I’ve an old grey box computer, home–built back in the days when that made sense. It initially ran XP, for gaming, but I eventually installed 2003 R2.
It’s a long time since it’s been turned on. Let’s put it this way: when I did so yesterday, it installed 82 updates. 2003 stopped receiving updates in summer 2015. Worse, it’s a noisy brute that feels even noisier given I now use elderly but quiet Mac Minis.
I revived it because I’ve wanted, for some time now, to rip my old 5.25 inch floppies. What’s held me back is not a drive: I’ve two boxed, ‘brand new’. The problem was the cable connecting drive to motherboard: it’s unique. I foolishly threw out my only 5.25 floppy inch cable with an older grey box in 2006.
Last month, I discovered the US company cables online sold the cable. It arrived a couple of weeks ago. I connected things up this weekend. Everything worked. That’s not bad given the assembly included a 25 year old unused unboxed floppy drive.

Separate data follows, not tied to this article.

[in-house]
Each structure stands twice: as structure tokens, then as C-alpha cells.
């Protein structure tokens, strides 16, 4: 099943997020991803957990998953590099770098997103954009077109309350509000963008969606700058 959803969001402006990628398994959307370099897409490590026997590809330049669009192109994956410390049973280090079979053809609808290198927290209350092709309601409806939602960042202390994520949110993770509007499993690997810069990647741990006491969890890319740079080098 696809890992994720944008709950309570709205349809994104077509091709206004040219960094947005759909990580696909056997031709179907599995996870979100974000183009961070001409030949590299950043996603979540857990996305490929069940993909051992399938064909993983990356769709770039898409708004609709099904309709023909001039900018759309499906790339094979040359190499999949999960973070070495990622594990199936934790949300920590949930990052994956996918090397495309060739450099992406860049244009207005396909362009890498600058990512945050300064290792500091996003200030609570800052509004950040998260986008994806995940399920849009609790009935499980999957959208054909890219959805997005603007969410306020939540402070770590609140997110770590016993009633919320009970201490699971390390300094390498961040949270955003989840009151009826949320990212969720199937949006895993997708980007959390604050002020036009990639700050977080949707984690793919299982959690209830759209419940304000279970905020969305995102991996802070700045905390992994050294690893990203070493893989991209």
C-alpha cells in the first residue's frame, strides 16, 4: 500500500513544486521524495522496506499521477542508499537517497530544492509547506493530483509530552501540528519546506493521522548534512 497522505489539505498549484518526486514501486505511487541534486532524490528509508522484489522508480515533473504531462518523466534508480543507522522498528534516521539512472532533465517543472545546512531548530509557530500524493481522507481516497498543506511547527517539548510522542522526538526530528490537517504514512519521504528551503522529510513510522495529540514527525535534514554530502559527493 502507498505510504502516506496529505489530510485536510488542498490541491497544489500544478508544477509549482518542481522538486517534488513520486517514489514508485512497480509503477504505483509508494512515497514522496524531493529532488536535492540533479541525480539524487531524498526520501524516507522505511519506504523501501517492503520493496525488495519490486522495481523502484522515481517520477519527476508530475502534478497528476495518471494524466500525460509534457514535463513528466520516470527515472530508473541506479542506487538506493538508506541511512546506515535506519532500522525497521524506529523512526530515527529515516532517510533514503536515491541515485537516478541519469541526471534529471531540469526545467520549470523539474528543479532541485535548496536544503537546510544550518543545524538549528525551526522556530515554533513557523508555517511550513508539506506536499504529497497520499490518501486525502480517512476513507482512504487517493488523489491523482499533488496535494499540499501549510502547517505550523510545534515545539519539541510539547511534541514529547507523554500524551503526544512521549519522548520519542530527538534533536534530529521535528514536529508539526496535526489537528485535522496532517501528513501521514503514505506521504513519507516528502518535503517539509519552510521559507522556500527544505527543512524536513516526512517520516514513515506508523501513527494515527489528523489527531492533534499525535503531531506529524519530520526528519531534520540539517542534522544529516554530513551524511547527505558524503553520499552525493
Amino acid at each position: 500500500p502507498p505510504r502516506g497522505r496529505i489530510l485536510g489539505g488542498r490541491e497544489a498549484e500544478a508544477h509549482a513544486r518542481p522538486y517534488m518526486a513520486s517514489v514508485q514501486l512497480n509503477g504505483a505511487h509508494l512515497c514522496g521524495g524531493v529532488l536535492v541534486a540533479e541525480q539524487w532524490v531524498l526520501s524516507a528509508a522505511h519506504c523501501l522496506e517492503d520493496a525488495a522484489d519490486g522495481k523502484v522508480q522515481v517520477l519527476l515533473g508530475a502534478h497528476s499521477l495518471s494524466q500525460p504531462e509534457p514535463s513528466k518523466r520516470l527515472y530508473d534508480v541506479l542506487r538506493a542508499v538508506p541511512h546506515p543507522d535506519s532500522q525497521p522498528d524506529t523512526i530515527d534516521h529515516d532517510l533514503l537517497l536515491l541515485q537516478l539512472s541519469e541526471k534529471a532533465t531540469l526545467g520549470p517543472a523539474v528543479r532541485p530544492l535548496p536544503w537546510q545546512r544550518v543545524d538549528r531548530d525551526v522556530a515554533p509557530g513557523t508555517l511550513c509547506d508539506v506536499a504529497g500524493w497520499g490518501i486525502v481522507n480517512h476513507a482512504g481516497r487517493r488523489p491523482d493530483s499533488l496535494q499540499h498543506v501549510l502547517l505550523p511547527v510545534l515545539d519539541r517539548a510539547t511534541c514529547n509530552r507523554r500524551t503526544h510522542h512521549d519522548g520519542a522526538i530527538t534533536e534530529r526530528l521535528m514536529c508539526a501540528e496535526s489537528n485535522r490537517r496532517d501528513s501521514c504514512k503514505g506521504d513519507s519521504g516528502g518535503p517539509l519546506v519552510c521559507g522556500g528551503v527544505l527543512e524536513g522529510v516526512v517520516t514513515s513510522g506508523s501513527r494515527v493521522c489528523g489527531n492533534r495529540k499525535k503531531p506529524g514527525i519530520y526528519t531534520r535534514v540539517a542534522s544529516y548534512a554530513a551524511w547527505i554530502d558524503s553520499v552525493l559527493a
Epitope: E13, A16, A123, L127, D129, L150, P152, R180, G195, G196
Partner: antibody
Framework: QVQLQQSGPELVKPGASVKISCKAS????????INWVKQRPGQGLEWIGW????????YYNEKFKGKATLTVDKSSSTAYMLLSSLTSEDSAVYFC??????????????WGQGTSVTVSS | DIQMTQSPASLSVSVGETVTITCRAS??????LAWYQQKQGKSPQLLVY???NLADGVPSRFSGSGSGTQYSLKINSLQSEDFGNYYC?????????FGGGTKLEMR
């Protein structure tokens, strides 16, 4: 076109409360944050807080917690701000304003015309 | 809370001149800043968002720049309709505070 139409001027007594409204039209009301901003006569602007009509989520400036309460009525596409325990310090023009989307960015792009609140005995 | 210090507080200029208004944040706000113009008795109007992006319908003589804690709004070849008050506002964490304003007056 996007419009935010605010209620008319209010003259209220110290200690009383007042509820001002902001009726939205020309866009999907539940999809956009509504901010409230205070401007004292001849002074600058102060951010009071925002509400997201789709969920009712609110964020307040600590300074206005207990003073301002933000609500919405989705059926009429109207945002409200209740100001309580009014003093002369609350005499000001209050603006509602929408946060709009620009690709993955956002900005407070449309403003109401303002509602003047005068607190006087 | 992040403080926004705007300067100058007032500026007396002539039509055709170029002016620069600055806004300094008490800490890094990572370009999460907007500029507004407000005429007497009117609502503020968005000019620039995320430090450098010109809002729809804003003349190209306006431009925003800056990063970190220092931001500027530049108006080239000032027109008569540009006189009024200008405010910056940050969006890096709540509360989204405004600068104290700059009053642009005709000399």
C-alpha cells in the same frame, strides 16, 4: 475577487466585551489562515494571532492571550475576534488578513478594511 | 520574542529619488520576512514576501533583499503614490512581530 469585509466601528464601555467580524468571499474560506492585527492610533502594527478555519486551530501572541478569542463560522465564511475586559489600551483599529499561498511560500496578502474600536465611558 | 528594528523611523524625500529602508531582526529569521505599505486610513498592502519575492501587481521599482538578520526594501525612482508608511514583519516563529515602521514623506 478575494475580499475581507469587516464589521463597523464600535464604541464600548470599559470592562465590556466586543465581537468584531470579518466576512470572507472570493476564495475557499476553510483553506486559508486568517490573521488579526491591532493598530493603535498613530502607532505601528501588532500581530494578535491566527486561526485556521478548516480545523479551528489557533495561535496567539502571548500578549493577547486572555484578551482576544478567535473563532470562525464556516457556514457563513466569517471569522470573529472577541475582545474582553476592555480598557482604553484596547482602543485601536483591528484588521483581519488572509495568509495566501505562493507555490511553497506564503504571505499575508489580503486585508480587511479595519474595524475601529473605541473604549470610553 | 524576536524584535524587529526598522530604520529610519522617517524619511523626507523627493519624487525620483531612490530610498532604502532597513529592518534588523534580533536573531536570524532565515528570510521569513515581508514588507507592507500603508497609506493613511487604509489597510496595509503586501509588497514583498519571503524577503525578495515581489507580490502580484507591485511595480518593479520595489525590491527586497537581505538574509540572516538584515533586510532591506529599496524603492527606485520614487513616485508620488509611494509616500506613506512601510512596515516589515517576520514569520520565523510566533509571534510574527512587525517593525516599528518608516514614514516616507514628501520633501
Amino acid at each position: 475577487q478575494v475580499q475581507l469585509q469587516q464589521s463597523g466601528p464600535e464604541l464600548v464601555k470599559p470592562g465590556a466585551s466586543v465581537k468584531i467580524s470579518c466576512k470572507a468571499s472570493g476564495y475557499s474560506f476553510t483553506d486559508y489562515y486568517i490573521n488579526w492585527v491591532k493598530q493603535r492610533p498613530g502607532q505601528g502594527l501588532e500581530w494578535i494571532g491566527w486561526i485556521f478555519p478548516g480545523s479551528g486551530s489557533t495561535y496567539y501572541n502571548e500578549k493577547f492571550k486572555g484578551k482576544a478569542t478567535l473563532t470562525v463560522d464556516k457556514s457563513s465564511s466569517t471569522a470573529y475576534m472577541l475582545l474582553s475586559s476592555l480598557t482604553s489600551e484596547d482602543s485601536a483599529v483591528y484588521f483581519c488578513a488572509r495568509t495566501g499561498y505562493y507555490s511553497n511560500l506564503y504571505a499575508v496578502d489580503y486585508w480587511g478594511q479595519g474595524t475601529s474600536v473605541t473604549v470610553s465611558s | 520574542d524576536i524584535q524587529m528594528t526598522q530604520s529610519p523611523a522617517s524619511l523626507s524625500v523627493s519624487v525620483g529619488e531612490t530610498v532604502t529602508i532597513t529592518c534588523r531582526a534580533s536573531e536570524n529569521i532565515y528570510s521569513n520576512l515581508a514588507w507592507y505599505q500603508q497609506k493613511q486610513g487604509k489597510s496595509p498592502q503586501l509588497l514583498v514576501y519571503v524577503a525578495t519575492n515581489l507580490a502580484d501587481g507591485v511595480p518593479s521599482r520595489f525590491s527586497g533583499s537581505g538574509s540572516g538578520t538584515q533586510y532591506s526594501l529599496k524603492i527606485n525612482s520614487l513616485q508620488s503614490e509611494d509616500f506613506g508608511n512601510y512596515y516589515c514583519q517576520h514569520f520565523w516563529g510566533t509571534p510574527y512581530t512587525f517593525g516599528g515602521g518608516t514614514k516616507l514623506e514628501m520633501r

Well, it all worked once I’d remembered that one of the sillinesses of old floppy disk cables is that, although they can only be connected one way on the drive, they can easily be connected backwards on the motherboard. Guess who got it wrong.
Unsurprisingly, a few of the old disks have failed. Actually, two thirds survived—more than I expected.
One product I successfully ripped is one of the very first text manipulation applications, Bitstream’s MakeUp (here’s an old review). It’s so old it requires Windows 3.0, not 3.1. It is not available on abandonware sites, so far as I can see. I might set up a 16 bit Windows virtual machine to remind myself what it can do. Then again, I might not: it was good in its day, but its day has long gone.
SWFTE’s Typecase II included my once favourite title font, Domenic. That company died after it was successfully sued by Adobe for nicking fonts, which probably means I can’t upload Domenic as abandonware (this abandonware copy of the product does not include the font). I can’t use it on the web either; display technology has changed slightly in the last quarter of a century. The font looks pretty awful now.